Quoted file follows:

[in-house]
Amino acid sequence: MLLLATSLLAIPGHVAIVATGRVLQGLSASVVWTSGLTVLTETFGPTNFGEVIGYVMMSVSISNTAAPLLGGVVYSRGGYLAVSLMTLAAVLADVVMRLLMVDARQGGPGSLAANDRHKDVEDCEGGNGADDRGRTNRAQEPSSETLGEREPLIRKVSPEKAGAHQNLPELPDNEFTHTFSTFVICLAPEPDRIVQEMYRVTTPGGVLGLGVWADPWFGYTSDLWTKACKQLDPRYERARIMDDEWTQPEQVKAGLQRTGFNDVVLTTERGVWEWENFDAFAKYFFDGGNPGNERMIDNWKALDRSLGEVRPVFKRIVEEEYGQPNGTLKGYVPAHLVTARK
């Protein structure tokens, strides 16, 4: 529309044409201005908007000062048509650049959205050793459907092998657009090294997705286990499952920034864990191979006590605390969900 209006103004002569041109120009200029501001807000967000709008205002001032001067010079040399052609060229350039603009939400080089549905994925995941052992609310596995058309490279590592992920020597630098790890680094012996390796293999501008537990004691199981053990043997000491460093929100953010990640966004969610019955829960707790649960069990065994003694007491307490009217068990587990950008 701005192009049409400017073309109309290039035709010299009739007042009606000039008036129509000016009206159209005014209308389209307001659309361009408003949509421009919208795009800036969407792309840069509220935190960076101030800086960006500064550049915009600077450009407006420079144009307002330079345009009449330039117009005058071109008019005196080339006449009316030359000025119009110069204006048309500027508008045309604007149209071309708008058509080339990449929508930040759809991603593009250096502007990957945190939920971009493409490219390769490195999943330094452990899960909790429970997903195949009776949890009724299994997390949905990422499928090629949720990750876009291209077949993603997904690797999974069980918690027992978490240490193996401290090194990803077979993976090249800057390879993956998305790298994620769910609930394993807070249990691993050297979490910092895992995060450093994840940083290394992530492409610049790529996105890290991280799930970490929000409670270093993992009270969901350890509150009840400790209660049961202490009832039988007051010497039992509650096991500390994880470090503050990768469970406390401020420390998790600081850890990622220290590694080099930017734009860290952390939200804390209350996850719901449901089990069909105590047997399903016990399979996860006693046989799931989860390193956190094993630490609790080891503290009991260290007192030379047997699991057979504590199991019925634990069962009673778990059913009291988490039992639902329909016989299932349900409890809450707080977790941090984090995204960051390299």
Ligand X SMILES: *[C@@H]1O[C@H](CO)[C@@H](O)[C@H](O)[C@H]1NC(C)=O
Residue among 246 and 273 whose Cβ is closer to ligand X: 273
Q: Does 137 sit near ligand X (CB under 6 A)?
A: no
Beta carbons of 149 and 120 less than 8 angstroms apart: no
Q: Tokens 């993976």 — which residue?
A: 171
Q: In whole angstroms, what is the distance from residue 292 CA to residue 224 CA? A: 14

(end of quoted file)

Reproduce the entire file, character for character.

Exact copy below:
[in-house]
Amino acid sequence: MLLLATSLLAIPGHVAIVATGRVLQGLSASVVWTSGLTVLTETFGPTNFGEVIGYVMMSVSISNTAAPLLGGVVYSRGGYLAVSLMTLAAVLADVVMRLLMVDARQGGPGSLAANDRHKDVEDCEGGNGADDRGRTNRAQEPSSETLGEREPLIRKVSPEKAGAHQNLPELPDNEFTHTFSTFVICLAPEPDRIVQEMYRVTTPGGVLGLGVWADPWFGYTSDLWTKACKQLDPRYERARIMDDEWTQPEQVKAGLQRTGFNDVVLTTERGVWEWENFDAFAKYFFDGGNPGNERMIDNWKALDRSLGEVRPVFKRIVEEEYGQPNGTLKGYVPAHLVTARK
């Protein structure tokens, strides 16, 4: 529309044409201005908007000062048509650049959205050793459907092998657009090294997705286990499952920034864990191979006590605390969900 209006103004002569041109120009200029501001807000967000709008205002001032001067010079040399052609060229350039603009939400080089549905994925995941052992609310596995058309490279590592992920020597630098790890680094012996390796293999501008537990004691199981053990043997000491460093929100953010990640966004969610019955829960707790649960069990065994003694007491307490009217068990587990950008 701005192009049409400017073309109309290039035709010299009739007042009606000039008036129509000016009206159209005014209308389209307001659309361009408003949509421009919208795009800036969407792309840069509220935190960076101030800086960006500064550049915009600077450009407006420079144009307002330079345009009449330039117009005058071109008019005196080339006449009316030359000025119009110069204006048309500027508008045309604007149209071309708008058509080339990449929508930040759809991603593009250096502007990957945190939920971009493409490219390769490195999943330094452990899960909790429970997903195949009776949890009724299994997390949905990422499928090629949720990750876009291209077949993603997904690797999974069980918690027992978490240490193996401290090194990803077979993976090249800057390879993956998305790298994620769910609930394993807070249990691993050297979490910092895992995060450093994840940083290394992530492409610049790529996105890290991280799930970490929000409670270093993992009270969901350890509150009840400790209660049961202490009832039988007051010497039992509650096991500390994880470090503050990768469970406390401020420390998790600081850890990622220290590694080099930017734009860290952390939200804390209350996850719901449901089990069909105590047997399903016990399979996860006693046989799931989860390193956190094993630490609790080891503290009991260290007192030379047997699991057979504590199991019925634990069962009673778990059913009291988490039992639902329909016989299932349900409890809450707080977790941090984090995204960051390299």
Ligand X SMILES: *[C@@H]1O[C@H](CO)[C@@H](O)[C@H](O)[C@H]1NC(C)=O
Residue among 246 and 273 whose Cβ is closer to ligand X: 273
Q: Does 137 sit near ligand X (CB under 6 A)?
A: no
Beta carbons of 149 and 120 less than 8 angstroms apart: no
Q: Tokens 């993976």 — which residue?
A: 171
Q: In whole angstroms, what is the distance from residue 292 CA to residue 224 CA? A: 14